Unfortunately, the NCAA nut jobs wanted to micromanage the content De La Haye could have on his channel, stipulating that he could not have any references to being “a student-athlete or depict his skill as a football player.”

Ironically, I guess he can live by that edict now. He’s decided that if he has to give something up, football will be it. After all, the money he makes from his channel is used to help his cash-strapped family in Costa Rica.

“I feel like they’re making me pick between my passion in what I love to do — make videos and entertain, be creative — and my other passion, which is playing football,” De La Haye said.

UPDATE: King rules FINA meet with 4 golds, 4 world records; rivalry with Russia’s Efimova now ‘friendly one’

Lilly King capped off a dominating week at the FINA World Swimming Championships in Budapest, Hungary on Sunday by winning the 50-meter breaststroke in world record time and then being part of a women’s 4×100 medley relay team that set another world record.

“I couldn’t imagine a better finish to this meet,” King said after she closed out her week.

Overall, King won gold and set world records in four events during the week including two relays. Her golden haul included the 100-meter breaststroke (1:04.13), 50 breaststroke (29.40), 4×100 mixed medley relay (3:38.56) and 4×100 women’s medley relay (3:51.55).

In Sunday’s 50 breast final, King beat Russian rival Yulia Efimova (29.57) by .17 hundredths of a second with USA teammate Katie Meili (29.99) finishing third. Lithuania’s Ruta Meilutyte, whose world record King shattered, was fourth in 30.20, followed by Sweden’s Jennie Johannson (30.31), Great Britain’s Sarah Vasey (30.62), Italy’s Ariana Castiglioni (30.74) and Canada’s Rachel Nicol (30.80).

In the mixed medley relay, the Evansville, Ind., native posted a 100 breaststroke time of 1:04.15 that was just two-hundredths of a second off her world record. On Sunday in the women’s 4×100 medley relay, King wasn’t quite as fast, but her time of 1:04.48 did give her yet another performance under 65 seconds.

Last summer in Rio the Indiana University swimmer set the Olympic record with a time of 1:04:93 in winning gold in the 100 breast. That means that since last summer, she has trimmed 0.80 hundredths of a second off her time.

Rio de Janeiro is also where a heated rivalry began with Efimova, when King criticized the last-minute decision to allow Efimova to compete despite two previous failed drug tests.  But while swimming’s Cold War may not have ended this week, it did enter a stage of swimming détente.

There was a sign the feud had cooled when King, 20, complimented Efimova, 25, for nearly equaling the world record in the 100-meter breaststroke during the semifinals before King broke the record in the finals.

They officially buried the hatchet during Sunday’s interviews.

“Obviously, we are not best friends, we are rivals, but I was having a good time racing her,” said King. “We have definitely been a lot more civil than we were last year, so I’m enjoying that.”

Added Efimova: “… She told me she loves to race with me because it makes her race faster too and makes it more interesting to watch.”

In addition to all the international acclaim she has earned over the past two summers, King returns for her junior year at IU as the two-time defending champion in the 100- and 200-yard breast events.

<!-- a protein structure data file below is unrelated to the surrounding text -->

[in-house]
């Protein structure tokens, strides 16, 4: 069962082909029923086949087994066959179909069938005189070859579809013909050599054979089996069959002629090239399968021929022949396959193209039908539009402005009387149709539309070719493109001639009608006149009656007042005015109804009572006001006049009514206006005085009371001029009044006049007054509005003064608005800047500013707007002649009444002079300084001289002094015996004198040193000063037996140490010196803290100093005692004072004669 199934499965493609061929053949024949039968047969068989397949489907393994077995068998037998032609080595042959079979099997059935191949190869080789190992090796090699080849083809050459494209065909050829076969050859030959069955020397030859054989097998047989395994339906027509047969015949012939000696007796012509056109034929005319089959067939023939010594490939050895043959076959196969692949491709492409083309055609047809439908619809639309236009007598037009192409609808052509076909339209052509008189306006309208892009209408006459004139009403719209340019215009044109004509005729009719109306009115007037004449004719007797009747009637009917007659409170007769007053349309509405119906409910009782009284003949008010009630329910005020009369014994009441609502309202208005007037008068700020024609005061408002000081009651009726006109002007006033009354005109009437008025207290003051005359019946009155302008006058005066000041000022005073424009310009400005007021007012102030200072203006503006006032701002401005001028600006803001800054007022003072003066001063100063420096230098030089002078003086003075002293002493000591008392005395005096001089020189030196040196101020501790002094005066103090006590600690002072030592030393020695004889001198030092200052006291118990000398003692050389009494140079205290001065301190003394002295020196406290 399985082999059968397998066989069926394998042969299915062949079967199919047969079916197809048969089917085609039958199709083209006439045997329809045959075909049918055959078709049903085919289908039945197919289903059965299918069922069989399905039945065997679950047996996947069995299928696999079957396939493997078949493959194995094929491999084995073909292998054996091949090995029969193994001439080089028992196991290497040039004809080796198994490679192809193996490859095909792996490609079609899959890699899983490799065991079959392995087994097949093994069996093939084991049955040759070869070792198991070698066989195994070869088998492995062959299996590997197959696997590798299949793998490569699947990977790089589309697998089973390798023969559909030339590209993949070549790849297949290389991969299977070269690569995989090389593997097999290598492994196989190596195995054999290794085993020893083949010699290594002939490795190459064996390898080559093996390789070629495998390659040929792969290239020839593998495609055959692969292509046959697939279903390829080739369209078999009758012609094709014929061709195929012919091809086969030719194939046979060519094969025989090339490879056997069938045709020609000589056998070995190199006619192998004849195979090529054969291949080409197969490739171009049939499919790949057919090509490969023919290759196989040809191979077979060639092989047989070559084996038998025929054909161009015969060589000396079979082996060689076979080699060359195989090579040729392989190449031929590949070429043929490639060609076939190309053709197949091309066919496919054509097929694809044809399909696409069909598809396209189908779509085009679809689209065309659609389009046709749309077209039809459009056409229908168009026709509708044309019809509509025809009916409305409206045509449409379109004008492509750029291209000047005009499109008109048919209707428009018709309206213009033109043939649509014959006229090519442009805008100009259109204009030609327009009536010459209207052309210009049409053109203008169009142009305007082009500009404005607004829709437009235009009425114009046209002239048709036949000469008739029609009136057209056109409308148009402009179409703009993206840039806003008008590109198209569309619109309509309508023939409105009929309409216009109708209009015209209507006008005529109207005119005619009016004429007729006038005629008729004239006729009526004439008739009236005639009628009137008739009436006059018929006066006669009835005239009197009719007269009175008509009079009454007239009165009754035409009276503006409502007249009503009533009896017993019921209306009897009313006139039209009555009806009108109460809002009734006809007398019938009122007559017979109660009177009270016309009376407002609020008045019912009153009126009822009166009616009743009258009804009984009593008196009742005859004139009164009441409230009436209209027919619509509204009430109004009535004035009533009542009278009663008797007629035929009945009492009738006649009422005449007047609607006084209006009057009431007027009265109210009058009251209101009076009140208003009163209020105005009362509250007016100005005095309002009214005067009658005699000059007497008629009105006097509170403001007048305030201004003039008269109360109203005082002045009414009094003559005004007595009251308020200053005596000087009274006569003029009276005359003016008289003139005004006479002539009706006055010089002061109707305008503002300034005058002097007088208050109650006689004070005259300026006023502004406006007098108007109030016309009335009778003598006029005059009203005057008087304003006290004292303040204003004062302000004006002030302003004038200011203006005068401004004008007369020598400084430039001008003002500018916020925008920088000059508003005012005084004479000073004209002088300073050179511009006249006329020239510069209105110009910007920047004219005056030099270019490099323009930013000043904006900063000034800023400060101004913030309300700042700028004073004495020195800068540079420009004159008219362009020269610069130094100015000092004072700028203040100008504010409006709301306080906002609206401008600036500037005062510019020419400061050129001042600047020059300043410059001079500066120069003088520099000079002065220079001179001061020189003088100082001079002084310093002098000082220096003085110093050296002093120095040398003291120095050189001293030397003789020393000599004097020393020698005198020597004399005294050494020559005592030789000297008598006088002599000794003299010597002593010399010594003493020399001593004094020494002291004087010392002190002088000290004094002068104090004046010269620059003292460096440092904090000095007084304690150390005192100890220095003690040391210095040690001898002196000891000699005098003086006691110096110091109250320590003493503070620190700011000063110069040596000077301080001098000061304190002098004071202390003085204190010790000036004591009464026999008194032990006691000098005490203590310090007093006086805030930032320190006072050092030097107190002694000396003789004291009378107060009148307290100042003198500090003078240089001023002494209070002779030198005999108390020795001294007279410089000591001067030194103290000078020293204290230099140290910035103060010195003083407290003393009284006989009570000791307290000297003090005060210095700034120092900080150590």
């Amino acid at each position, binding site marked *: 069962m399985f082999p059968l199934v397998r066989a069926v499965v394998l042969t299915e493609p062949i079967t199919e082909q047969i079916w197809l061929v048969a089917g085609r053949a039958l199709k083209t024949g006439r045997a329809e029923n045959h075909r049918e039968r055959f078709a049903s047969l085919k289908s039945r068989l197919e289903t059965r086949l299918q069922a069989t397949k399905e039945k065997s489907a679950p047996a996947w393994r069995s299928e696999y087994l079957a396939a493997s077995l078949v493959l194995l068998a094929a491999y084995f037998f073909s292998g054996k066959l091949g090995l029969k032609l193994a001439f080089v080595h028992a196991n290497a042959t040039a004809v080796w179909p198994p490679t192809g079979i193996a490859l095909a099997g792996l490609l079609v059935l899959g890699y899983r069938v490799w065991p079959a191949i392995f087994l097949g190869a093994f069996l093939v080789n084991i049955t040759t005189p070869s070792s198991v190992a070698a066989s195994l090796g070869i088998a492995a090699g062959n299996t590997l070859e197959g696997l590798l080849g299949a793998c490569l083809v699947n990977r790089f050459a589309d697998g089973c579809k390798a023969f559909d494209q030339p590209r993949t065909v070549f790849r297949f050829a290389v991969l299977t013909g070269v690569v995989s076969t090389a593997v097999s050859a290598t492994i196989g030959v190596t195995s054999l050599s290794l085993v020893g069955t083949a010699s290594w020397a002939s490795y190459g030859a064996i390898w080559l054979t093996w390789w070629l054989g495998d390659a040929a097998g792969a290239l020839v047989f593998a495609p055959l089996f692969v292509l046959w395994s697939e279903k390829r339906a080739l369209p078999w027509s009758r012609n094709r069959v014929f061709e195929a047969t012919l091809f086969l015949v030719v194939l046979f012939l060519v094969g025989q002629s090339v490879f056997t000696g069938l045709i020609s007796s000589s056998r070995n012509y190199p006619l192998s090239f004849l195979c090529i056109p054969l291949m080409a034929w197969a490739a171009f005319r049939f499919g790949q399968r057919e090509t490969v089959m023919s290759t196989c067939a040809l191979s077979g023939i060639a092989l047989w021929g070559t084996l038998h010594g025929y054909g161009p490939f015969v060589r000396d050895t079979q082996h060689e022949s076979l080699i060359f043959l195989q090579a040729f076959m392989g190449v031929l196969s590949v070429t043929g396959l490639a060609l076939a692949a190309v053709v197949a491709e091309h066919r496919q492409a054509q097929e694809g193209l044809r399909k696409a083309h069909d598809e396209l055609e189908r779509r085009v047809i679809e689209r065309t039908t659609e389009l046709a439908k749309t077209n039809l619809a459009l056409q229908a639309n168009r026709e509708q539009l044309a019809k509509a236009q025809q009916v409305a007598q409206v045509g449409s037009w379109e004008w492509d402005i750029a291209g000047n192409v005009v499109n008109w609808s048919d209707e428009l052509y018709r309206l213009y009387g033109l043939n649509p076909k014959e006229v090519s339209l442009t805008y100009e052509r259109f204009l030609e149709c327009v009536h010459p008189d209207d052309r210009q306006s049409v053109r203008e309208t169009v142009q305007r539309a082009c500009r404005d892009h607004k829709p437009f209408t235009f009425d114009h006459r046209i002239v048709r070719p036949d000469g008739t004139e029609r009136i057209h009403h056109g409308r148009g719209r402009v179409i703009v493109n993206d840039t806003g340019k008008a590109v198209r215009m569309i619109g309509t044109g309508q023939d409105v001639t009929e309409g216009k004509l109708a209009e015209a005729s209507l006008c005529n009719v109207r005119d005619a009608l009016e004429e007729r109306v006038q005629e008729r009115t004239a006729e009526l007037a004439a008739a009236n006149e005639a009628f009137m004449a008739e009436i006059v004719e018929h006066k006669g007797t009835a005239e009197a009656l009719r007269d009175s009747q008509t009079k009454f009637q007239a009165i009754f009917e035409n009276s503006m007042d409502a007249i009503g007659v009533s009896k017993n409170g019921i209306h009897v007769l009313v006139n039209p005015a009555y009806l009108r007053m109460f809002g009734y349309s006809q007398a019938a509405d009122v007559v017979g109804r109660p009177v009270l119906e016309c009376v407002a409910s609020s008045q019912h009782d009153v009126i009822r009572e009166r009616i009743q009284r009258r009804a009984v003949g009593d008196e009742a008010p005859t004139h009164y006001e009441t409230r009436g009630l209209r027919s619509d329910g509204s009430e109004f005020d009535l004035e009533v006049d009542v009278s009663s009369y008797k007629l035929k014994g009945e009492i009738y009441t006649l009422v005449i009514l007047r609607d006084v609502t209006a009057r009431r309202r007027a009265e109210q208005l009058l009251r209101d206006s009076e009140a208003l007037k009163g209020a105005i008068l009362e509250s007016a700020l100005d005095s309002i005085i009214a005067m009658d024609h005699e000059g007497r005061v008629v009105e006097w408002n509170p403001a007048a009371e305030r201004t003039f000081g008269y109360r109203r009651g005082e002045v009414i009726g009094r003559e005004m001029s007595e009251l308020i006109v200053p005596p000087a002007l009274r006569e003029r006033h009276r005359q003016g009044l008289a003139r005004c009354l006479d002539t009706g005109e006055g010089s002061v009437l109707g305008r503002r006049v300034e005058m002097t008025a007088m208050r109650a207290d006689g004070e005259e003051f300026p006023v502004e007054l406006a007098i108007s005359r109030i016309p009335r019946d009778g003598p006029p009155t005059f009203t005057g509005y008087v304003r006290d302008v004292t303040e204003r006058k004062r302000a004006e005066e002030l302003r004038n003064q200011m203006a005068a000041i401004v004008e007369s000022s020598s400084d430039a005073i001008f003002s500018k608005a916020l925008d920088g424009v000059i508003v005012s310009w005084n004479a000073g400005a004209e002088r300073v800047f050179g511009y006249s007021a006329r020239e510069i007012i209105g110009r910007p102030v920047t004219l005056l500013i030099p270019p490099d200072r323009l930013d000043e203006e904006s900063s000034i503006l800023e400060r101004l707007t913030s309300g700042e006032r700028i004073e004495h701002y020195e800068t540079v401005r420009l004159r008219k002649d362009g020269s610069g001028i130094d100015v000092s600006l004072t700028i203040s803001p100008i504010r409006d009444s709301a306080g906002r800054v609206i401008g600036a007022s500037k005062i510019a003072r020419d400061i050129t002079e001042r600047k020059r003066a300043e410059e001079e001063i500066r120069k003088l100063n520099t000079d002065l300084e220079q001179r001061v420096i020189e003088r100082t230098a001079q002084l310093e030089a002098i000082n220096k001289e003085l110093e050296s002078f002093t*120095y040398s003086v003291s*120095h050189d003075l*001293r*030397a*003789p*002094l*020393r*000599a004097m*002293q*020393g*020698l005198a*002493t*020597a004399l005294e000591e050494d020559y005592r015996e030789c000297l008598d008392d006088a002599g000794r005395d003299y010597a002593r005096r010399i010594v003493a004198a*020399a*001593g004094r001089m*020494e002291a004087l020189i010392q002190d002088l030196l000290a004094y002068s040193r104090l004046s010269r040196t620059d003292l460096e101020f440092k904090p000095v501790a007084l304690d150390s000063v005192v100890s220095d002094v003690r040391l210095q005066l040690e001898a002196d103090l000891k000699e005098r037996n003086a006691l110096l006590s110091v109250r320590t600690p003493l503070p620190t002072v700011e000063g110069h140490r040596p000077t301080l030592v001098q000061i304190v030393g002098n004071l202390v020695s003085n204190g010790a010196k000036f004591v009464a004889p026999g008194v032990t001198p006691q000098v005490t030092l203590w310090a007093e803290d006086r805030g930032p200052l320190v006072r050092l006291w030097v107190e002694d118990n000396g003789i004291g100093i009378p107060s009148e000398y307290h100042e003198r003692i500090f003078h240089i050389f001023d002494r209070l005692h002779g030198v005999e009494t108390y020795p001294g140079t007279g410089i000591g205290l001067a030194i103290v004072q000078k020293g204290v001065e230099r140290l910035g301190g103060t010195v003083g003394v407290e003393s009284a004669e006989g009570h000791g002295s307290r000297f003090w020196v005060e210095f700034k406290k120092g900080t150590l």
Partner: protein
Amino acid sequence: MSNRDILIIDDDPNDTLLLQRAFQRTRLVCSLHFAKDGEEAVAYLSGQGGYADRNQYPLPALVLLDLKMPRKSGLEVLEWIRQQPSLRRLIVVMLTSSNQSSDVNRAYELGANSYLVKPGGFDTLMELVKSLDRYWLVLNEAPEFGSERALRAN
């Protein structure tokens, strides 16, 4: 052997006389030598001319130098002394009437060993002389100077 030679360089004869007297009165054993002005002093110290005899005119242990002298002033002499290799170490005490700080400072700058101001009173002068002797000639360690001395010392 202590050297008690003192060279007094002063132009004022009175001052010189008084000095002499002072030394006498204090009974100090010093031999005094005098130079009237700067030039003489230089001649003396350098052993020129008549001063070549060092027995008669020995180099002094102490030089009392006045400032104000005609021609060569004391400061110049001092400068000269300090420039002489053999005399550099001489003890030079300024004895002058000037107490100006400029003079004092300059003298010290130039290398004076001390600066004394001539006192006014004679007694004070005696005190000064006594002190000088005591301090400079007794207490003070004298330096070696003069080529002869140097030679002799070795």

If you can call it that, King’s only disappointment this week came with her fourth-place finish in the 200-meter breaststroke that was won by Efimova. But even then, her time of 2:22.11 helped her improve from a 12th-place Olympic finish in the event.

For the week, King won two of the three individual showdowns with Efimova, who is the most decorated woman swimmer in the history of the world championships with 13 total medals.

Efimova added two silver medals to her total Sunday in the 50 breast and 4×100 women’s medley relay. But yes, that’s two more times King was able to finish ahead of Efimova.

But as far as the world stage, we now know that King was just getting started last summer at the Rio Olympics when she won two gold medals and set an Olympic record in the 100-meter breaststroke. This was King’s first time at the world meet, which is second in stature to the Olympics

She is the first IU swimmer to set a world record in an individual event since Jim Montgomery in the 100 freestyle at the 1976 Olympic Games. And King did it twice.

She has established herself with Katie Ledecky and Simone Manuel as the stars of the United States women’s national team. Ladecky, a distance freestyle swimmer, earned five gold medals, including being part of  two winning relays.  Meanwhile, freestyle sprinter Manuel claimed three golds, including two relays. Manuel also earned a bronze medal in the 50 freestyle.

Overall, the United States finished with 18 gold medals and 38 overall, more than doubling the number of gold medals (8) from two years ago when the Americans only claimed 23 total medals.

The star for the U.S. was men’s swimmer Caleb Dressell, who tied Michael Phelps for most gold medals in one world meet with seven. Phelps had won seven gold medals 10 years ago.









From Sidelines to punchlines

 Clearing my mind and notebook while hoping someone will splash water in my face after  staying up late several nights to watch the FINA World Swimming Championships: